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Патент USA US3033572

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May 8, 1962
c. H. KRETZ, JR
3,033,562
VACUUM-BLAST PICKUPS FOR SHEET MATERIAL
Filed Feb. 5, 1960
2 Sheets-Sheet 1
F/G_/
INVENTOR.
CHARLES H. KRETZ, JR.
A T TORNEY
May 8, 1962
3,033,562
c. H. KRETZ, JR
VACUUM-BLAST PICKUPS FOR SHEET MATERIAL
2 Sheets-Sheet 2
Filed Feb. 5, 1960
INVENTOR.
CHARLES H. KRETZ; JR
BY
A 7'TORNEV
3,033,562
Unite Sates Patent 0
2
1
FIG. 5 is a cross section elevation view taken along the
line 5+5 of FIG. 2.
3,033,562
VACUUM-BLAST PICKUPS FoR SHEET MATERIAL’
Y
'
_
The method of this invention ‘is particularly applicable
to the handling, of ?exible sheet material. By ?exible
San Mateo, (Ialif.
Filed Feb. 5, 1960, Ser. No. 7,068
7 Claims.
'
“I The Method of the Invention I
Charles H. Kretz, Jr., 313 ‘Rolling Hills Drive, .
> :
Patented May 8, 1962.
sheet material, in this sense, is meant a sheet ofmaterial
(Cl. 271-46) »
(Granted under Title 35, ‘US. Code (1952), see. 266)
whose dimensions and weight and stiffness are so pro~
portioned that when a sheet of the material is supported
The invention described herein may be manufactured
at'two substantially spaced points de?ning a line, lying
and used by and for the Government of the United States 10 in the surface of the material when the sheet is plane, rela
of America for governmental purposes without the pay
tively close to one boundary of the sheet and the sheet isv
ment of any royalties thereon or therefor.
’
held at these points in ‘such amanner that the straight line
This invention relates to pickups for sheet material and
lying in the surface of theimaterial and passing‘through, Y "
more particularly to pickups using a combination of vac
the two points remains as a straight line oriented generally
uum and blast.
The invention also relates to a method 15
handling sheet material in stacks. The apparatus of the
invention is especially useful in collating machines'of the
type shown in my pending application, Serial No. 626,553,
and hang down from the line of support. ' Ordinary paper
such as used in‘writing, printing, and mimeographing falls
?led December 5, 1956, and is an improvement on the
pickup assembly described in that patent application,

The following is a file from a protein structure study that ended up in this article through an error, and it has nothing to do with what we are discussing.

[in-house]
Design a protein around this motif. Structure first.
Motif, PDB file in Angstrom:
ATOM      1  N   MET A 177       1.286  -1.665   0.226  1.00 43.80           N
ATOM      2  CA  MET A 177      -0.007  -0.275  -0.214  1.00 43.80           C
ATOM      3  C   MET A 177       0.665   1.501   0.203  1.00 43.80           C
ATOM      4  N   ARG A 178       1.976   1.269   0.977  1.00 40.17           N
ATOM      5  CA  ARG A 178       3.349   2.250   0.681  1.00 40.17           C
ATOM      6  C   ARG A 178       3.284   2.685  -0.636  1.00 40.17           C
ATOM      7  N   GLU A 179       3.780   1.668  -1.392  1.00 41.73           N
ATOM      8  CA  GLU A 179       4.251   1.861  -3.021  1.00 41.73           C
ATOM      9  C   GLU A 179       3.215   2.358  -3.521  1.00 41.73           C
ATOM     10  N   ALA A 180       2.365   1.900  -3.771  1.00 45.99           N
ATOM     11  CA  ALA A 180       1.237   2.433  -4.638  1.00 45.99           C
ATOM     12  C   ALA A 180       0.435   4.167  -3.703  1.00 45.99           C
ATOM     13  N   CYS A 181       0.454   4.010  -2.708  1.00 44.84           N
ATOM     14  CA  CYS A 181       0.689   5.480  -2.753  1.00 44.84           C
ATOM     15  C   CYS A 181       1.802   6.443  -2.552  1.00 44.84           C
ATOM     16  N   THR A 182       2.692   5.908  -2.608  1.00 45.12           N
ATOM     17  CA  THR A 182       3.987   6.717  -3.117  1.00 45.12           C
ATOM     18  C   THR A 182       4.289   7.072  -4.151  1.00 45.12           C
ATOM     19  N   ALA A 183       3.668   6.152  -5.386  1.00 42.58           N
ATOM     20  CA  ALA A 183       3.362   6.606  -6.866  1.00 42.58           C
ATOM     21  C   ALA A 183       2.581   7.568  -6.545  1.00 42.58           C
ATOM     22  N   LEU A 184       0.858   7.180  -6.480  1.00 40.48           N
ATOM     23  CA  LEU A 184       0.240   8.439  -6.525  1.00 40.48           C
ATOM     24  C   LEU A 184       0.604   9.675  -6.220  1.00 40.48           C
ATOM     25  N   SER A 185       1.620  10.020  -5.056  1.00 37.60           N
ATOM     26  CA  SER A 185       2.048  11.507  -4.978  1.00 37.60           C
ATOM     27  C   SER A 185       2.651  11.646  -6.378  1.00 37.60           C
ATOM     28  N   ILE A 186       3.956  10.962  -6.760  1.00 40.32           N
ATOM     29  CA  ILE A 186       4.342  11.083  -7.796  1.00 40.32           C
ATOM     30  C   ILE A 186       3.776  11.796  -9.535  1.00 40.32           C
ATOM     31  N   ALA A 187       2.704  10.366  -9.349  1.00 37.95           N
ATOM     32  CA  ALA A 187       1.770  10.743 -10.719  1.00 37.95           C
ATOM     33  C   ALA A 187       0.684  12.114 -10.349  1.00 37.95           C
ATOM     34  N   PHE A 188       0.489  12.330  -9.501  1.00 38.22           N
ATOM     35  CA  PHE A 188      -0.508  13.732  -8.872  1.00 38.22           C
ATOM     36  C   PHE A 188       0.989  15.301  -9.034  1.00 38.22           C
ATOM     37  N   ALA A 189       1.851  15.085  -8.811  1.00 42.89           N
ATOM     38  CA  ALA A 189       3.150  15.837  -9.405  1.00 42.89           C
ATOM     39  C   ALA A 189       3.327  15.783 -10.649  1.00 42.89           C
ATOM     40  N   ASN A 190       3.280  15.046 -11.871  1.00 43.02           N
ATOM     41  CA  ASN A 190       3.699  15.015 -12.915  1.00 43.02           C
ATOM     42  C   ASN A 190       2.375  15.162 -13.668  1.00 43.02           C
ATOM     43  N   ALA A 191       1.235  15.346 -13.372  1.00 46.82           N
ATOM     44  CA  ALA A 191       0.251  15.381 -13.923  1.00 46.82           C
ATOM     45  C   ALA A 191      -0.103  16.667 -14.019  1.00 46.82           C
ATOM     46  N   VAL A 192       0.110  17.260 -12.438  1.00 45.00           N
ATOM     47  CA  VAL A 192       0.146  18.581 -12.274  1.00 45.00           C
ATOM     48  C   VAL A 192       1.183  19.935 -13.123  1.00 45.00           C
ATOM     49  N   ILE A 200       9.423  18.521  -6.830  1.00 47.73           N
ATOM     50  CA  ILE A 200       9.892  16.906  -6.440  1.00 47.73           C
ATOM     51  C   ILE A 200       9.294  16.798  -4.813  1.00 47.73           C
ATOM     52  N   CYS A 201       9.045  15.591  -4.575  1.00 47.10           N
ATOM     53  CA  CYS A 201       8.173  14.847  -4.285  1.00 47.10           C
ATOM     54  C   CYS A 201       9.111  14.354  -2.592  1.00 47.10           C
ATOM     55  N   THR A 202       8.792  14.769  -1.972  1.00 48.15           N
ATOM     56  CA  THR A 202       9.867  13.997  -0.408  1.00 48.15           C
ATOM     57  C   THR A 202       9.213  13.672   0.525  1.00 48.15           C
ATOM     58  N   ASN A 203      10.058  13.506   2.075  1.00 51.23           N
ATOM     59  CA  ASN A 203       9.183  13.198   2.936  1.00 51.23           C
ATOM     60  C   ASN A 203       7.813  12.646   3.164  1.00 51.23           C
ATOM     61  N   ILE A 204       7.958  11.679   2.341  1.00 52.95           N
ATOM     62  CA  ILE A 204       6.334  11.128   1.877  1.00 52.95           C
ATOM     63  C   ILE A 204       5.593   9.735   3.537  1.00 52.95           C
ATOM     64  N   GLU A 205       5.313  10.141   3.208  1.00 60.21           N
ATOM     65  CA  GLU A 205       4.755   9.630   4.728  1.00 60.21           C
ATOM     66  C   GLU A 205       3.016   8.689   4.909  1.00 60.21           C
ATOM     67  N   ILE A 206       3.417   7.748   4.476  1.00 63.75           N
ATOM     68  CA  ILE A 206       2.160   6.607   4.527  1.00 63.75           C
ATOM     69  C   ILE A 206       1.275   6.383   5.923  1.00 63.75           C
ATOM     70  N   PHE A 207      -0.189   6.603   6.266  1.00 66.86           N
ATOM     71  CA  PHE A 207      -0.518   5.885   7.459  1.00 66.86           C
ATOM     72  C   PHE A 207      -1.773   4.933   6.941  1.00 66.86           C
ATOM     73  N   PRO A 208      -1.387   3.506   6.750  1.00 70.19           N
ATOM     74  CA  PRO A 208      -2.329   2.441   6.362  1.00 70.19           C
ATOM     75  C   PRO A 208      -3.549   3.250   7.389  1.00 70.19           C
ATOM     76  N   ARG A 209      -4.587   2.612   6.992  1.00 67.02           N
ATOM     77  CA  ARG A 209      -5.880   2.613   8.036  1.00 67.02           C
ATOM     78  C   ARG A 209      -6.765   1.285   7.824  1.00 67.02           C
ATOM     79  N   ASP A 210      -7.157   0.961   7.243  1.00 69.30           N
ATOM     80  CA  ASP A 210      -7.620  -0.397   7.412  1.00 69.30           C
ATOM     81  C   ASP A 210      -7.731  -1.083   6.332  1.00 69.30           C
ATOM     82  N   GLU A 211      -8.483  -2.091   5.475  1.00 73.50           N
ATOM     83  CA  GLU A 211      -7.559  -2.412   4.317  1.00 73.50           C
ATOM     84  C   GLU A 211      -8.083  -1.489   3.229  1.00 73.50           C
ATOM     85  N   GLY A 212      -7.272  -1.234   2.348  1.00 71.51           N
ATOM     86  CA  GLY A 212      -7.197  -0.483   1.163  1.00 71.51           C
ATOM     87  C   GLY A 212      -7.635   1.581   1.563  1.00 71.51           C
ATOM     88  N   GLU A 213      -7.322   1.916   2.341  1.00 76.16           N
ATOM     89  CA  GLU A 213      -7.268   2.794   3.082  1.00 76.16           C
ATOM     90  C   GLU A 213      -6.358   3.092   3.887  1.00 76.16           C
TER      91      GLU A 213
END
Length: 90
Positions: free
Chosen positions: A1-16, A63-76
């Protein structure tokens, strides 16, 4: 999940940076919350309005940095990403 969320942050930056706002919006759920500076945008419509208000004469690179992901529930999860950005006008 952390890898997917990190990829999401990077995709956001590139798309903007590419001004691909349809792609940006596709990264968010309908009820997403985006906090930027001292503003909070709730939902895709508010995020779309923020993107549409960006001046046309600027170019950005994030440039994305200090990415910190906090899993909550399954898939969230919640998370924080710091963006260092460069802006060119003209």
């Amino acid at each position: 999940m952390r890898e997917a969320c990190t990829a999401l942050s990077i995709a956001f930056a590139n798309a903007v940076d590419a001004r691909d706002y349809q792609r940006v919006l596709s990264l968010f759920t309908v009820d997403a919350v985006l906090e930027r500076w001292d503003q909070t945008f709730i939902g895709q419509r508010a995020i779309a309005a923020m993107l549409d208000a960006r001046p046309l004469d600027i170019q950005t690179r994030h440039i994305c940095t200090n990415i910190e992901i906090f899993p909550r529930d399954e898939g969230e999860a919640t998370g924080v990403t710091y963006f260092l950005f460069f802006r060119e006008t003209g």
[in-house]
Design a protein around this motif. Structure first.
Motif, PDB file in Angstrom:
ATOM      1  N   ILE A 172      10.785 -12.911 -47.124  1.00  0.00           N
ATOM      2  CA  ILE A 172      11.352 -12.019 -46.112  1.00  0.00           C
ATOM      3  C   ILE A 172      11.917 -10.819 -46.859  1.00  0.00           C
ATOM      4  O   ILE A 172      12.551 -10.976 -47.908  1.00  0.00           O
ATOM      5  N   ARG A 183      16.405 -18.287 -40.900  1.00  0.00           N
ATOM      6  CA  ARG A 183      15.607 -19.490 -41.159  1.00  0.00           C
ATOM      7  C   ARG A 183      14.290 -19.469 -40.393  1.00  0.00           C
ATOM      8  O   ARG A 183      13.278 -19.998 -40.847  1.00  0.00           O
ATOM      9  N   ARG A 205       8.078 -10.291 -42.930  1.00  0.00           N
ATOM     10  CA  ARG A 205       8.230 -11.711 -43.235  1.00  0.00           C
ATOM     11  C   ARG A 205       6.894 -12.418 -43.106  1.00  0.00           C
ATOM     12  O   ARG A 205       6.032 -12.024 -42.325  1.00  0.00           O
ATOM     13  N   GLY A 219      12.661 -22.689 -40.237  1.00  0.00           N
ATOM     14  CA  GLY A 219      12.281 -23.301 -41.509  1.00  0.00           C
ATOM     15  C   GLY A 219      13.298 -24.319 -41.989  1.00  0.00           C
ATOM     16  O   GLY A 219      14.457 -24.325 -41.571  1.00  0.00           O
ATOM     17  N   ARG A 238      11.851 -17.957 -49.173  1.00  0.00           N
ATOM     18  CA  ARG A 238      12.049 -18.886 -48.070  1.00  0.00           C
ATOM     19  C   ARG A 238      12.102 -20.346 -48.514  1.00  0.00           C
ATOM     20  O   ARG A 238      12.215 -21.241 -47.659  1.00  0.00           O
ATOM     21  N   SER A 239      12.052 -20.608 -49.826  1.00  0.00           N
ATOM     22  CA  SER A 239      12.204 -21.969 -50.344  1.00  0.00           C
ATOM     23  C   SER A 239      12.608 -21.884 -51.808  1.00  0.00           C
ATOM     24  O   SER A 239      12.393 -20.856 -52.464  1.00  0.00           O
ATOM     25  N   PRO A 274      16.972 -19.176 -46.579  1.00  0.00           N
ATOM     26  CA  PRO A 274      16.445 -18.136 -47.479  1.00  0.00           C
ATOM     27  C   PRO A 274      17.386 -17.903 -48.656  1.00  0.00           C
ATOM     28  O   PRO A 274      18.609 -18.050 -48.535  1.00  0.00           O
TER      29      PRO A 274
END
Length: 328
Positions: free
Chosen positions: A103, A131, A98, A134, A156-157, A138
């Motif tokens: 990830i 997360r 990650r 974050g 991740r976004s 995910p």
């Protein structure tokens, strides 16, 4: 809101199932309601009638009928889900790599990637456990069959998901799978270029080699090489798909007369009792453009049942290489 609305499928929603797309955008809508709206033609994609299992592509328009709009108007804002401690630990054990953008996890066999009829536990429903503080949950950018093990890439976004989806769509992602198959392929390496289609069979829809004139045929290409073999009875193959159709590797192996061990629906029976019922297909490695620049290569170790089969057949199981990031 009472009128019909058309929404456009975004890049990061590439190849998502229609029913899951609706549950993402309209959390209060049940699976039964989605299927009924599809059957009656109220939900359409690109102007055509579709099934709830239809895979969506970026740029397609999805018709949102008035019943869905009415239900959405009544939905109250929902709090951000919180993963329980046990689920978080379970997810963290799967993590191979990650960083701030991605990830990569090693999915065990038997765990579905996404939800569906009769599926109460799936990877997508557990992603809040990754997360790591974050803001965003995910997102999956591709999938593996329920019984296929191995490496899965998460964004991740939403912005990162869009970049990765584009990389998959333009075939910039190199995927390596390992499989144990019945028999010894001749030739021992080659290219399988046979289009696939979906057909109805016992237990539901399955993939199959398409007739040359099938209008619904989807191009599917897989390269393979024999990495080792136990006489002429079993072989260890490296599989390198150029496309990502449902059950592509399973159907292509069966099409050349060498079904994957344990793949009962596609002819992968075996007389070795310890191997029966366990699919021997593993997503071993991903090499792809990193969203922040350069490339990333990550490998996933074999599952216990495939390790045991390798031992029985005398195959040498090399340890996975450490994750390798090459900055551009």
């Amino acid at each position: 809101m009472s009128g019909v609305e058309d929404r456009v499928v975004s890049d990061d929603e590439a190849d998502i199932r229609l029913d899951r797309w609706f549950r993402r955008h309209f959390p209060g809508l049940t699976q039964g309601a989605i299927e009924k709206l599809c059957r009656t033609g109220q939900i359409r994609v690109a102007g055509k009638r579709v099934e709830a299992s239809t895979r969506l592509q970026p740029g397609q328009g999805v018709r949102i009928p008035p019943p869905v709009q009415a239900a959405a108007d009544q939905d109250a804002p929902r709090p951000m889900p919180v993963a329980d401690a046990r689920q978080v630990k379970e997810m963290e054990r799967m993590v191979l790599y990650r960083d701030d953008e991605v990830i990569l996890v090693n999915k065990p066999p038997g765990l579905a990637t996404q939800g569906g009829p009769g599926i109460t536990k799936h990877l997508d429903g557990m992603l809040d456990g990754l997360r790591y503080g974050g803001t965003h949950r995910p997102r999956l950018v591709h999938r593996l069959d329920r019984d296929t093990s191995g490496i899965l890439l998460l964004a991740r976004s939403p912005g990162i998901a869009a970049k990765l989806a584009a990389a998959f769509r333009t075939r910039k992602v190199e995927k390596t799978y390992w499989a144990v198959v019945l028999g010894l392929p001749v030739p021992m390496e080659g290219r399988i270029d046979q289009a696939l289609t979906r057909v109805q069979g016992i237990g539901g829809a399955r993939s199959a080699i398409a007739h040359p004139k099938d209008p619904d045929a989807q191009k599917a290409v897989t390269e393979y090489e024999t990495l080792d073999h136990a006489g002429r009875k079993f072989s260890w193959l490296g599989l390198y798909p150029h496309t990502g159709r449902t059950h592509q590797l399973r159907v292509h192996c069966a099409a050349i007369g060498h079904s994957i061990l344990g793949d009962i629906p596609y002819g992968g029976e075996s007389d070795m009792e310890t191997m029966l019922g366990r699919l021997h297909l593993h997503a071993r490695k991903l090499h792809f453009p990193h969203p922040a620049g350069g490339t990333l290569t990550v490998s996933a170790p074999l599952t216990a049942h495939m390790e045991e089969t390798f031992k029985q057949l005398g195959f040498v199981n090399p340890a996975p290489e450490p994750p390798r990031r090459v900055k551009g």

reference to which may be made for the background set
ting of this invention. The collating machine of the afore
mentioned patent application is a machine in which stacks
horizontally, the sheet will droop because of its weight‘
20
into .thispcategory of ?exible sheet material as may also
plastics, ?ber products, metal foil, and materials of other
compositions.
The method of the invention is directed to removing the
top sheet from a stack of sheet material and holding it in
such a clon?iguration'that it doesnotdroop, and retaining
of sheet material, such as paper, to be collated move as a,
it in this con?guration until it is.released,__ for example,.
unit relative to a collector station while pickup means, 25 intoa collector. The methodaccomplishes?the' functions
moving with the unitary motion, gradually pick up
a sheet
from each stack and deposit it at the collector station as
that stack passes adjacent the collector station.
of separating at least a part of the topsheet from contact
with the next sheet so that two sheets ~are not removed
together from the stack and of making the‘v top sheet rigidi
Priorart pickups of the type shown in the aforemen
so that the stack and, it can be bodily separated from each
30
tioned application for the handling of sheet material in,
other while it remains rigid and does not droop.
.
stacks‘comprise. a movable assembly including vacuum
The method comprises bending the top sheet of a stack
cups, suckers, or the like adapted to engage the top sheet
in such' a way that the sheet becomes rigid by'virtue of
of material in a stack adjacent its leading edge and a
being bent or having a crimp put in it so ‘that it will,v so
blast such as an air blast directed against the leading edge
to speak, support its own weight through its stilfness
35
of the top sheet in the stack and other adjacent sheets so
without drooping when held at as few as two points sub
as to separate the upper sheet from those next to it. ' With
stantially spaced apart. The method further comprises.
the removal, bodily, of the top sheet from the stack which
other than those just described, the top sheet of a stack’
can be (accomplished either by leaving the stack in its
is picked upnear its leading edge, but its trailing edge is
original position and moving the top‘ sheet away from it
40
allowed the droop downward. When such a sheet with
or by holding the top sheet still and removing the stack
such pickup assemblies having essentially no elements
its drooping trailing edge is moved relative to a collector
into which collector the sheet is to be deposited, thedroop
ing portion of the sheet may strike an edge of the collector
which sometimes causes the sheet to be knocked off the
pickups and lost to the collating operation.